Hoarding in the Cloud
You can tell a lot about yourself and your co-workers by looking at their home directory, specifically how they organize their data (or not). Some people have never used folders or created a directory. There’s only one place to store things – at the top of their personal storage space. Others go to great lengths to create descriptive hierarchies and even potentially over-categorize their documents, blindly staring like a confused animal unsure of whether the latest reports should go in “…CorporateInternalMarketingDrafts” or “…PersonalDraftsWorkMarketing”. I will not speculate here about what either of these habits says about us as individuals. However, there is a common trait that both camps share – a lack of desire to archive data until the current working capacity reaches its maximum. In other words, no one bothers deleting unnecessary files until presented with the error “Unable to save – Disk is full.”
As disks and storage capacities continue to grow, this behavioral pattern leads us to hoarding of data simply because we can. We are confronted with the decision to assign value to individual items of data less and less frequently and therefore avoid having to choose one piece over the other. We become the technological equivalent to hoarders at worst, or at best lazy house owners who never clean up.
The recent trend for cloud-storage-based “bottom-less disks” will likely exacerbate three related problems. First, the signal-to-noise ratio in our stored data will decrease as more and more low-value data accumulates. Second, inefficient application search features will bog down due to large data sets. And third, long term data retention issues such as format compatibility will become the bane of document management systems as less and less individual thought goes into what and how data should be stored.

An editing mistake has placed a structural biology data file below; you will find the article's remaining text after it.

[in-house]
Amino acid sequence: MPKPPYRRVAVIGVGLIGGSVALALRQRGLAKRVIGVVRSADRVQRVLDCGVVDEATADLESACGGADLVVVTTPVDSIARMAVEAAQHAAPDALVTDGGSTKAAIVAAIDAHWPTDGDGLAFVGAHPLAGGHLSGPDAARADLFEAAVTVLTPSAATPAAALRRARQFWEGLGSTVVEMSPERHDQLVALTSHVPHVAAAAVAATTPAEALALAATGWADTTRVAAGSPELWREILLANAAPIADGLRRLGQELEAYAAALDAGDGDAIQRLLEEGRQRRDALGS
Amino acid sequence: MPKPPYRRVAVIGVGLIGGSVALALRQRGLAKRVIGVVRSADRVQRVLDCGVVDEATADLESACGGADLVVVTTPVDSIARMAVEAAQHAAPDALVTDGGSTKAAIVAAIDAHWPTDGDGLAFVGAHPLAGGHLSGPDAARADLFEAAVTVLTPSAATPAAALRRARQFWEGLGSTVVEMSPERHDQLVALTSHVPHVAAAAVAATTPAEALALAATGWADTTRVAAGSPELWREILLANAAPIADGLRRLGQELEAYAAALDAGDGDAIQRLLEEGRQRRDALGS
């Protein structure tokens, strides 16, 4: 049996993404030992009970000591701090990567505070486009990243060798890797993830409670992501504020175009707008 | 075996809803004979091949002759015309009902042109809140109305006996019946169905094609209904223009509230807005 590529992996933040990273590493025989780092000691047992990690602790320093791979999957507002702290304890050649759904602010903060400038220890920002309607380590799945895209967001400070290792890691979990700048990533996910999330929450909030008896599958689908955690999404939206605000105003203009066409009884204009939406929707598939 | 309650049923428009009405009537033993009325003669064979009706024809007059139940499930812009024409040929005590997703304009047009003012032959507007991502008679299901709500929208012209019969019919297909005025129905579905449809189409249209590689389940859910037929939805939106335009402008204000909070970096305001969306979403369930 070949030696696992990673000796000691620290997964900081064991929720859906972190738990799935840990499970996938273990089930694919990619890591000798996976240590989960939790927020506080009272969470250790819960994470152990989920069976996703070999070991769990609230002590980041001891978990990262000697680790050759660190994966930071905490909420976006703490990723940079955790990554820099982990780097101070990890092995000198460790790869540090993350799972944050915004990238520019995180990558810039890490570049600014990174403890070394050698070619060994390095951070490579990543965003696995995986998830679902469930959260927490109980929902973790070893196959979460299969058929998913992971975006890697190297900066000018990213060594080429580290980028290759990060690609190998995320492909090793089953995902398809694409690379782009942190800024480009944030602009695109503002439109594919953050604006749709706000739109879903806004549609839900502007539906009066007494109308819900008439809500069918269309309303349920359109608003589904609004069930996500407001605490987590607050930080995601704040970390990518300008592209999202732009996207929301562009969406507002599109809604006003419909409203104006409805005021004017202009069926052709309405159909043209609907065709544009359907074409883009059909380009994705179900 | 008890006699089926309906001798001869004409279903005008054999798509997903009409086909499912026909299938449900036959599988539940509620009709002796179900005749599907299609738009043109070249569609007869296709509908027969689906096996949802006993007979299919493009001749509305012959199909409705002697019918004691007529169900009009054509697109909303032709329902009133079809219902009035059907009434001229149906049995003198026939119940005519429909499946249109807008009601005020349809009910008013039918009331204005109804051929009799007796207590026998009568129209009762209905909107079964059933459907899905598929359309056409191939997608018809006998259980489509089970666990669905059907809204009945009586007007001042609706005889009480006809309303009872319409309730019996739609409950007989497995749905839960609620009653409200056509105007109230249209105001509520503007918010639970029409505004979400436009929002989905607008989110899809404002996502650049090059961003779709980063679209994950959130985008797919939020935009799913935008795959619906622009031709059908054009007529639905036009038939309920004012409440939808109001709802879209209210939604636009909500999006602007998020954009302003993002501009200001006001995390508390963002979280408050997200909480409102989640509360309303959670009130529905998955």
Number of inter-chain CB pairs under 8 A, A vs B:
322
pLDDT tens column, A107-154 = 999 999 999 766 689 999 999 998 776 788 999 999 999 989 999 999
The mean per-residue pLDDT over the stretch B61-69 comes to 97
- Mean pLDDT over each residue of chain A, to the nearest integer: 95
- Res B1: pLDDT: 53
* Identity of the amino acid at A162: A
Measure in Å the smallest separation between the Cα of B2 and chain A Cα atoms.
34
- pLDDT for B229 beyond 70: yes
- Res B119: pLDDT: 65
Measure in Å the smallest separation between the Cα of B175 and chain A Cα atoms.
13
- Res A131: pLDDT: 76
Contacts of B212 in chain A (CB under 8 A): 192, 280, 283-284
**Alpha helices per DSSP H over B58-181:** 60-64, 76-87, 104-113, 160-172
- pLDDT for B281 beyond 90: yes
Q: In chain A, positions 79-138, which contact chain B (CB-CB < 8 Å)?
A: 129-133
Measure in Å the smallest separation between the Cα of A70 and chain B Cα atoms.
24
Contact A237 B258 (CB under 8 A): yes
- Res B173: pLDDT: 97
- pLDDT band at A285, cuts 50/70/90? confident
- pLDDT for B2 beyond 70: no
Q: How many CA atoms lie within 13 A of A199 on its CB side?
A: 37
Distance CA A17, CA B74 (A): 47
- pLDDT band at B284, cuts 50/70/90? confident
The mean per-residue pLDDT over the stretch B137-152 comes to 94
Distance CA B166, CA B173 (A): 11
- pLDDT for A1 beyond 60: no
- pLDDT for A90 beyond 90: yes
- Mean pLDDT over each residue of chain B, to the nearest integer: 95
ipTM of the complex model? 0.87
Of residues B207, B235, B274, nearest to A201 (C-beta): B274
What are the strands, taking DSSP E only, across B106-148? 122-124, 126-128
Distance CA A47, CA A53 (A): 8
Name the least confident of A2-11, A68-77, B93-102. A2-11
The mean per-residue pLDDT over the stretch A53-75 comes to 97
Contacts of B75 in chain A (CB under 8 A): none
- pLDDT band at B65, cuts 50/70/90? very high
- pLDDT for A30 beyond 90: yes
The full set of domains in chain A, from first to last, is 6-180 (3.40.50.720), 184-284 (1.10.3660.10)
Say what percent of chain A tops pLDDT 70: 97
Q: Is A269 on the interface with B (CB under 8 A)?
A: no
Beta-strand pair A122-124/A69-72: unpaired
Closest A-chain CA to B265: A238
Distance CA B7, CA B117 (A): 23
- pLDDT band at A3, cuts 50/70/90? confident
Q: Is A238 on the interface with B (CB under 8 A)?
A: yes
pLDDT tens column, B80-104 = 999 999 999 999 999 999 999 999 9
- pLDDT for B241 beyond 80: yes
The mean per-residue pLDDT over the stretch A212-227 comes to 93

I’ll save the latter two issues for another day. However, I would like to focus on high- vs. low-value data proposition since that was our starting point. Expensive data is content that is original or possibly would take an excessive amount of time to rebuild such that the price of regeneration exceeds the cost of the data. Some examples may include a manuscript, source code for an application or operating system, and video output from a digital rendering compute farm. Low value data on the other hand can easily be regenerated from its high value counterpart. For example, if we already maintain a revision control repository, then a specific, unchanged revision has no additional value. In terms of transfer bandwidth and storage space, the “checkout” is simply noise.
The closing question is whether or not everyone can be trained to “Save Responsibly” or if we should require a “License to Store in the Cloud”. The counterpoint is that moving to the cloud should require no change in existing behavior. Rather it is our data management software techniques that should be fixed to scale to larger and larger data sets. Personally, as a software developer and as an end-user, I believe it is a combination of both.
By Gerald (Jerry) Carter
Manager of the Likewise Open project for Likewise Software.
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